#2 Always Hiding

dog hiding under duvet on the bed

As I said, the volunteers allowed Paisley to move freely because they thought it would help her relax and become familiar with the surroundings. But, Paisley was always hiding, whether it was in the corner, under her dog bed, or even under her blanket. 

What I didn’t mention to you is that Paisley is a medium-sized dog. We assume she’s a mix between a Labrador and another mutt, but it’s super hard to tell which one because she’s so skinny. The vets examined her, and other than the standard parasites, she seemed fine.

I guess the years of trauma left huge scars on Paisley. God only knows how often she was fed or the kind of food she used to get. I hate to think about what she ate because according to everything we know about her, it probably wasn’t good kibble.

On one occasion, I came early to feed her and try to see if she’d come to me while holding her bowl. She just sat there in the corner, glancing towards the bowl a few times, but she didn’t come to me.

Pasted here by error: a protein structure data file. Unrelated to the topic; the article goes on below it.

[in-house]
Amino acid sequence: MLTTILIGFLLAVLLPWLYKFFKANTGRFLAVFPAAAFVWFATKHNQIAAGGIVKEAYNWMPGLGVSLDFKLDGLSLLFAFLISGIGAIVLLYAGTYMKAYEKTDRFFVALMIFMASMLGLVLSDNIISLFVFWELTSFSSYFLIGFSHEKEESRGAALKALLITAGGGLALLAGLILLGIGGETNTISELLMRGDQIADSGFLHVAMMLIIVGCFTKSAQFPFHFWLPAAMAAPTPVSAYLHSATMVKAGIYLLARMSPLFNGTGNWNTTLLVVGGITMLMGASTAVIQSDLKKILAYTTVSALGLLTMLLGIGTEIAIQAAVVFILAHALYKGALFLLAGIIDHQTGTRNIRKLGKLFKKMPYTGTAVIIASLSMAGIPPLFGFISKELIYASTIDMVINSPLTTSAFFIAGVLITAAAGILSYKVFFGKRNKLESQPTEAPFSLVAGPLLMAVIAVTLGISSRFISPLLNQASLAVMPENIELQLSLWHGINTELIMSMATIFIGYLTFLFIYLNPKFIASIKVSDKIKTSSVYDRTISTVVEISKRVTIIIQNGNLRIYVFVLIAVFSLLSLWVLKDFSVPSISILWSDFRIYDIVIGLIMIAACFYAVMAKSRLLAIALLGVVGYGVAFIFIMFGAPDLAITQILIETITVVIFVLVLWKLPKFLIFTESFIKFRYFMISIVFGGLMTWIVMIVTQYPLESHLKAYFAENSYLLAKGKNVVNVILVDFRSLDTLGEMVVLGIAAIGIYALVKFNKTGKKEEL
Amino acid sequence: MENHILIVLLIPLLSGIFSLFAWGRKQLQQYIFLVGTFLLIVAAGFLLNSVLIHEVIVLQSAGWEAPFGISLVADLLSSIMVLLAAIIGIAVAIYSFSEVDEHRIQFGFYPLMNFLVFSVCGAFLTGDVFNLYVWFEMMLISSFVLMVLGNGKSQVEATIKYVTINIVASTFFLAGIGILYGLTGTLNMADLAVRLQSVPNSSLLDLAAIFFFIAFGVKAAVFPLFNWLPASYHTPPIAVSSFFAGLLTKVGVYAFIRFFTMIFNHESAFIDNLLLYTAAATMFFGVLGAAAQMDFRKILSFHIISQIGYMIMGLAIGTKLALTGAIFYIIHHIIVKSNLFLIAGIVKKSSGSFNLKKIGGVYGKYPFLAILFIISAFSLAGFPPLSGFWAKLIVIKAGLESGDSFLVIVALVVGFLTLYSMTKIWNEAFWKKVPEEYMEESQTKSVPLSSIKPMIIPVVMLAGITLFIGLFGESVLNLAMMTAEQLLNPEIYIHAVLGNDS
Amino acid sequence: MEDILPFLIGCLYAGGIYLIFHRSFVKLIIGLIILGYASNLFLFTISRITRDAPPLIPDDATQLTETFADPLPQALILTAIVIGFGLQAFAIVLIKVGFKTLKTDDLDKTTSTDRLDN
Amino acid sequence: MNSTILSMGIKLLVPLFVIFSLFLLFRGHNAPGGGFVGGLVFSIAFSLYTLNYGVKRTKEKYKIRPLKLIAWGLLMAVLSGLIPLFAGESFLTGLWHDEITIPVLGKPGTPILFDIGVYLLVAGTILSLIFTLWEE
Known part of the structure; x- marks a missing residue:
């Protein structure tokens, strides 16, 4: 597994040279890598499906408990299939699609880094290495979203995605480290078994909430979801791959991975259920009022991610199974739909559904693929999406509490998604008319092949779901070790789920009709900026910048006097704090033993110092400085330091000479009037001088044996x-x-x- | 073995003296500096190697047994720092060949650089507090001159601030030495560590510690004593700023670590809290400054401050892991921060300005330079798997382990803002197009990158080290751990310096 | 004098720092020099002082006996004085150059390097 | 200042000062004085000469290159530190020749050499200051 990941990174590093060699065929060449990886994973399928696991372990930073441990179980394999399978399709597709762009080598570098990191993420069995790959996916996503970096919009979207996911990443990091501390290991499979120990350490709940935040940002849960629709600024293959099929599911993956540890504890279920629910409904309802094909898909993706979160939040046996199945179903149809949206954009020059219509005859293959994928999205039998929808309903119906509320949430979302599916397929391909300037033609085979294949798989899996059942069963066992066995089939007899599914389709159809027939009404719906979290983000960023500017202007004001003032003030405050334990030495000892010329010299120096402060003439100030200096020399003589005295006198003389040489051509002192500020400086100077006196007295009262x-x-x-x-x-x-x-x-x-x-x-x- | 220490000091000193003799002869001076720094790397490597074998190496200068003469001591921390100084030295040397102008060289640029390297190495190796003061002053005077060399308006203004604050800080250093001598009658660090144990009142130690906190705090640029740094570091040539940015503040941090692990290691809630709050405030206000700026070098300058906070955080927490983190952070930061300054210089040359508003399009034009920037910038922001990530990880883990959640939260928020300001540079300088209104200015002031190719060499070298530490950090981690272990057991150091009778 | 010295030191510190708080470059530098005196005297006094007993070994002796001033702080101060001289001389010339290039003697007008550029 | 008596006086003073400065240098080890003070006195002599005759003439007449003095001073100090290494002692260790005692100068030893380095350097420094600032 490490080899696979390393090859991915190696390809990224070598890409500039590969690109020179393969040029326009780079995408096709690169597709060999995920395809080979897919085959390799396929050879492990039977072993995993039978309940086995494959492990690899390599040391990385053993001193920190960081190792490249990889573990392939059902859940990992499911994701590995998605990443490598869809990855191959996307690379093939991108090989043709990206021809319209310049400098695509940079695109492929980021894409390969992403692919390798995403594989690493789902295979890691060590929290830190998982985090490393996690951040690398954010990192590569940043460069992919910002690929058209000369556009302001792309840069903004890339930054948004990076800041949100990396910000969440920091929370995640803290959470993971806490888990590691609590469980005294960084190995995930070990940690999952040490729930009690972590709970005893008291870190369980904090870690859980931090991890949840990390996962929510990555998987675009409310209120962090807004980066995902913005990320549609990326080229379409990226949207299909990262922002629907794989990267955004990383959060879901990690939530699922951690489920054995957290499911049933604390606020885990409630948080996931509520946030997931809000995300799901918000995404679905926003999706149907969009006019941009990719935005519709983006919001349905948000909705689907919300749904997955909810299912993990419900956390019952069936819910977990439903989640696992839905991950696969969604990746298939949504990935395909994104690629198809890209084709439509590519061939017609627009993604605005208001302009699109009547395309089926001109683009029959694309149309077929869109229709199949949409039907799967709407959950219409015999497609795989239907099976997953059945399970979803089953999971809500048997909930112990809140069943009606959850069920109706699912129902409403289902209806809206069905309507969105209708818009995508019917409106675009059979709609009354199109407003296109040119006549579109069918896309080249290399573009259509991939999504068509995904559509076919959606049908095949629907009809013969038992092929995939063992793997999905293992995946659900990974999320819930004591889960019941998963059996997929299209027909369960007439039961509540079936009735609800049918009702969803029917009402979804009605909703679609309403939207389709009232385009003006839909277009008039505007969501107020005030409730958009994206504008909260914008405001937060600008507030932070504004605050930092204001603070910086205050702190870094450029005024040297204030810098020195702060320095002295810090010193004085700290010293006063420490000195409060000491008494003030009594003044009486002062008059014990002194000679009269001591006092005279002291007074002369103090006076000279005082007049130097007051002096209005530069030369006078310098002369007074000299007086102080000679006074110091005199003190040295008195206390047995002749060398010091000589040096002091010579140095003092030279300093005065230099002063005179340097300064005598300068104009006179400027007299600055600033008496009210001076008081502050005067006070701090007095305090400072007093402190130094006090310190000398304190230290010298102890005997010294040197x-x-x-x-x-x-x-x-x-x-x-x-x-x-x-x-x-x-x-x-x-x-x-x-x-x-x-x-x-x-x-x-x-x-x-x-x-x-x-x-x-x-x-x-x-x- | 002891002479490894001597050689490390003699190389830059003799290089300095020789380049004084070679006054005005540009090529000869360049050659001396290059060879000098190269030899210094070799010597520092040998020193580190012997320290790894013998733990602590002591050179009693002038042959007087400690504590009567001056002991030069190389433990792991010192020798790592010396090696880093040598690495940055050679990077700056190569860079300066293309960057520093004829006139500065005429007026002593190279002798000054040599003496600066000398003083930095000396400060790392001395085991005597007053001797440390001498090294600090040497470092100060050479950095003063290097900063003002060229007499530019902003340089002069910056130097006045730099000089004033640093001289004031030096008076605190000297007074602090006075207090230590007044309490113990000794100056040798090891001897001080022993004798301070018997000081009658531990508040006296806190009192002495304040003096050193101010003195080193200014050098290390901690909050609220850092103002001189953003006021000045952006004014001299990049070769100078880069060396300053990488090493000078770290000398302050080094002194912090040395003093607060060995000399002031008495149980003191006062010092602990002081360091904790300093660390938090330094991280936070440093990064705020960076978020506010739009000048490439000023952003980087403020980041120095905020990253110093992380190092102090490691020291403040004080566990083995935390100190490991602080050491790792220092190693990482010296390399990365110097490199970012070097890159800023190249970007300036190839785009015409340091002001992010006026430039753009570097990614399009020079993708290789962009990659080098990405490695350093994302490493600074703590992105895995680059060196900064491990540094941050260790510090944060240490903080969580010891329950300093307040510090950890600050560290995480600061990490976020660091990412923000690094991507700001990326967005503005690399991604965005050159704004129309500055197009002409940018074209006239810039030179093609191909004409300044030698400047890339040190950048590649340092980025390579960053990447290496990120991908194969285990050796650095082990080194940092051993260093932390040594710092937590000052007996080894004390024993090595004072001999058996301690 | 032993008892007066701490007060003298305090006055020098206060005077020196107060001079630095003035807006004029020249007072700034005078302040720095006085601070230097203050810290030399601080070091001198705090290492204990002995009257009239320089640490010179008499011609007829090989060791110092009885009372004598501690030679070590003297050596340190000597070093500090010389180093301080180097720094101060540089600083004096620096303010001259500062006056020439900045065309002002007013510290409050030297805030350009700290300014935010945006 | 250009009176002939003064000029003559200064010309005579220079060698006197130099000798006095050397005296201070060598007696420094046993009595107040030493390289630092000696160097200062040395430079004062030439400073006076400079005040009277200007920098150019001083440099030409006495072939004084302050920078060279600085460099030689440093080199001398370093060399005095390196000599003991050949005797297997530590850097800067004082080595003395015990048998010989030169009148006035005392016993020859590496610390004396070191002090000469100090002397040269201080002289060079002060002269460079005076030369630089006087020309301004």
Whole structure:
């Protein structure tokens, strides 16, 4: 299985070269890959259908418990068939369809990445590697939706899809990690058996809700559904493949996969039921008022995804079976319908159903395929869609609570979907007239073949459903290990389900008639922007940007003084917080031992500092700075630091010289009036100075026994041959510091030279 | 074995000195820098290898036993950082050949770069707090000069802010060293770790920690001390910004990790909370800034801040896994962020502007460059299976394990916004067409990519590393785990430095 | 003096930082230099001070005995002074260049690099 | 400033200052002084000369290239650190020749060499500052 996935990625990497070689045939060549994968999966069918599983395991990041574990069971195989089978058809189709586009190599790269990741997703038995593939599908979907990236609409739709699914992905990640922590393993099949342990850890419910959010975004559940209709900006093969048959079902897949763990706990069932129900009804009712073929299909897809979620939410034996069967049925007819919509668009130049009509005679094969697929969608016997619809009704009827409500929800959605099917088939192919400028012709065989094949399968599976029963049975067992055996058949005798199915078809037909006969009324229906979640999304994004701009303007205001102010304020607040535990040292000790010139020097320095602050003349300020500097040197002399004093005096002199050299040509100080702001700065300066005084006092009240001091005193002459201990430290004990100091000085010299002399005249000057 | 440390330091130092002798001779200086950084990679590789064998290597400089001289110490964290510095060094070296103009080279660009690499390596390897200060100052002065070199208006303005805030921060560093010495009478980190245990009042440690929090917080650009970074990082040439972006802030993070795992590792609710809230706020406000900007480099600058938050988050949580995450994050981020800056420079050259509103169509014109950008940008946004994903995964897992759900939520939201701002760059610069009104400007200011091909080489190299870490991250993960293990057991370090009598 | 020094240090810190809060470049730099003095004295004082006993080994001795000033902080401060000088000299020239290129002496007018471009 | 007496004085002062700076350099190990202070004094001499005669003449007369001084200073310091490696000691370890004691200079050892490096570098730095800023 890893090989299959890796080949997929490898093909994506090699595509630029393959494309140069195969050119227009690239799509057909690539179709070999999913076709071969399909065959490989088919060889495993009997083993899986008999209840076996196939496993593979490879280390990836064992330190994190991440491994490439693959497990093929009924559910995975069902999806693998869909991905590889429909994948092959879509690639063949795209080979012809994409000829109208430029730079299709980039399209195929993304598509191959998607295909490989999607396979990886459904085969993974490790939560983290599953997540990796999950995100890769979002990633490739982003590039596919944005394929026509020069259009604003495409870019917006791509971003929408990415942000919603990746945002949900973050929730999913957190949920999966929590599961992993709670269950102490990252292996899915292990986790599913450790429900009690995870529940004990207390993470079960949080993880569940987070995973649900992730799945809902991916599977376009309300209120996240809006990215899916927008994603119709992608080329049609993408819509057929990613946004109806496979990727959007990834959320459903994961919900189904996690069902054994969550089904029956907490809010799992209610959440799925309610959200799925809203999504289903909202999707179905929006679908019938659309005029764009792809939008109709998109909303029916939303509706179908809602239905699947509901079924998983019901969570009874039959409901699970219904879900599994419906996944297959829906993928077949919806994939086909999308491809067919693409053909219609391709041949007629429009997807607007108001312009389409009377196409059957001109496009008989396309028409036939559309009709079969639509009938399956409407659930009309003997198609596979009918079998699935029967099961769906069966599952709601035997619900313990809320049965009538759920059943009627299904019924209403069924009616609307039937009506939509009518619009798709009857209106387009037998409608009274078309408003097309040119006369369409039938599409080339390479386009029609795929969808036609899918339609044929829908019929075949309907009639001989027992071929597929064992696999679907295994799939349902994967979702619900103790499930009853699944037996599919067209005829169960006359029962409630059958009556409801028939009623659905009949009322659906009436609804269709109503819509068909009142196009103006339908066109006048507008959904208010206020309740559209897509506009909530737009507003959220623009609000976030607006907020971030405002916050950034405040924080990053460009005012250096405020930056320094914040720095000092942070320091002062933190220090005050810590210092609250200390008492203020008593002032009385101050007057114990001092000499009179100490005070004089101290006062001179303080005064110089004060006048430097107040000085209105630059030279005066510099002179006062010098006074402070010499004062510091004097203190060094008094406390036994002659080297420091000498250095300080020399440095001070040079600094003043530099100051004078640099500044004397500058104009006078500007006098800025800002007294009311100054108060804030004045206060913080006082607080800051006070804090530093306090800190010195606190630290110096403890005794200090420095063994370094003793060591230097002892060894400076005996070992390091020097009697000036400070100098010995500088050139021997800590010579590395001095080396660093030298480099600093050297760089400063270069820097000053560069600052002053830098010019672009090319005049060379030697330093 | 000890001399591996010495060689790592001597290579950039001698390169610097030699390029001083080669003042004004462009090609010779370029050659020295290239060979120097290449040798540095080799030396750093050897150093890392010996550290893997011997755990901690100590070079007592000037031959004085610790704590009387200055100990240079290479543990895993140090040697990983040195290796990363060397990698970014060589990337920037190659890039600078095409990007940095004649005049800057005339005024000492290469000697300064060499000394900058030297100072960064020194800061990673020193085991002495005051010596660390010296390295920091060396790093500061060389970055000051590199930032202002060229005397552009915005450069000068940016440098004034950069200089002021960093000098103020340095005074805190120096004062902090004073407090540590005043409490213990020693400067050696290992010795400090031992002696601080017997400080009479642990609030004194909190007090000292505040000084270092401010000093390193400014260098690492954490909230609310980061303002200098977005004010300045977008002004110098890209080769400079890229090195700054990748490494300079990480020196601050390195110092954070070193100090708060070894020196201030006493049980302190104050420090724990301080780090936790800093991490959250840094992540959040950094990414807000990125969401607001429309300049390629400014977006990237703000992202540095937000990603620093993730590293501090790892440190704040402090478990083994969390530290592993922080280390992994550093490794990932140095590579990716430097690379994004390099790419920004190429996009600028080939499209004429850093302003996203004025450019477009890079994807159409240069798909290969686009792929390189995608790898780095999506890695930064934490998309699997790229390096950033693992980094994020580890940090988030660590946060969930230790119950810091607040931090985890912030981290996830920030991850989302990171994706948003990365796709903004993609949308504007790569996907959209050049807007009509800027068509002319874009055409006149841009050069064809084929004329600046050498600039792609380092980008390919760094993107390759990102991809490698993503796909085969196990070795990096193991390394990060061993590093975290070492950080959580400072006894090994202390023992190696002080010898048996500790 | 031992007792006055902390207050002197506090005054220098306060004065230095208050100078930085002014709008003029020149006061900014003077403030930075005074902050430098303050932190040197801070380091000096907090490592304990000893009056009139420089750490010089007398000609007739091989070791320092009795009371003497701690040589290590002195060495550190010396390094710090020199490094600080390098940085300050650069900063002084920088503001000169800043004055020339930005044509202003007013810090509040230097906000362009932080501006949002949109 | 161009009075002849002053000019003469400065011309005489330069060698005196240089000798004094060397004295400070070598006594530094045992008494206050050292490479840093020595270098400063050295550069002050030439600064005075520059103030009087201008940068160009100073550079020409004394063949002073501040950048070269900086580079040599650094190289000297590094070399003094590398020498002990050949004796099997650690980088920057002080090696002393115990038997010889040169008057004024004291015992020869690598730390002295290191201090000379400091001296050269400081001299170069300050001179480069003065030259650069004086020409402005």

I sat there for almost an hour trying to reach her, but the girl was too afraid to trust me yet. 

The moment I left the room, I saw her gobbling up her breakfast over the camera. She probably would stare for hours at food, but she wouldn’t afford herself such luxury to trust a human to come close to her.

#3 Her Entire Body Was Always Shaking

dog lies on the sofa on green pillow

Paisley is not a Greyhound, but she used to shake like she was a purebred one.

Being all skin and bones, the shaking was even more prominent. Whenever someone came into the room, even if it was a person who used to feed and clean her kennel, she would start shaking, have her head down, have her tail between her legs, and be all curled up in her corner. 

Her trauma was deep… nothing like I’ve seen before. I’ve handled military dogs with severe PTSD, but they weren’t as fearful as Paisley was. Usually, those were dogs prone to aggressive behavior. 

But, Paisley’s PTSD, although it manifested in a calm demeanor, was much more difficult to handle.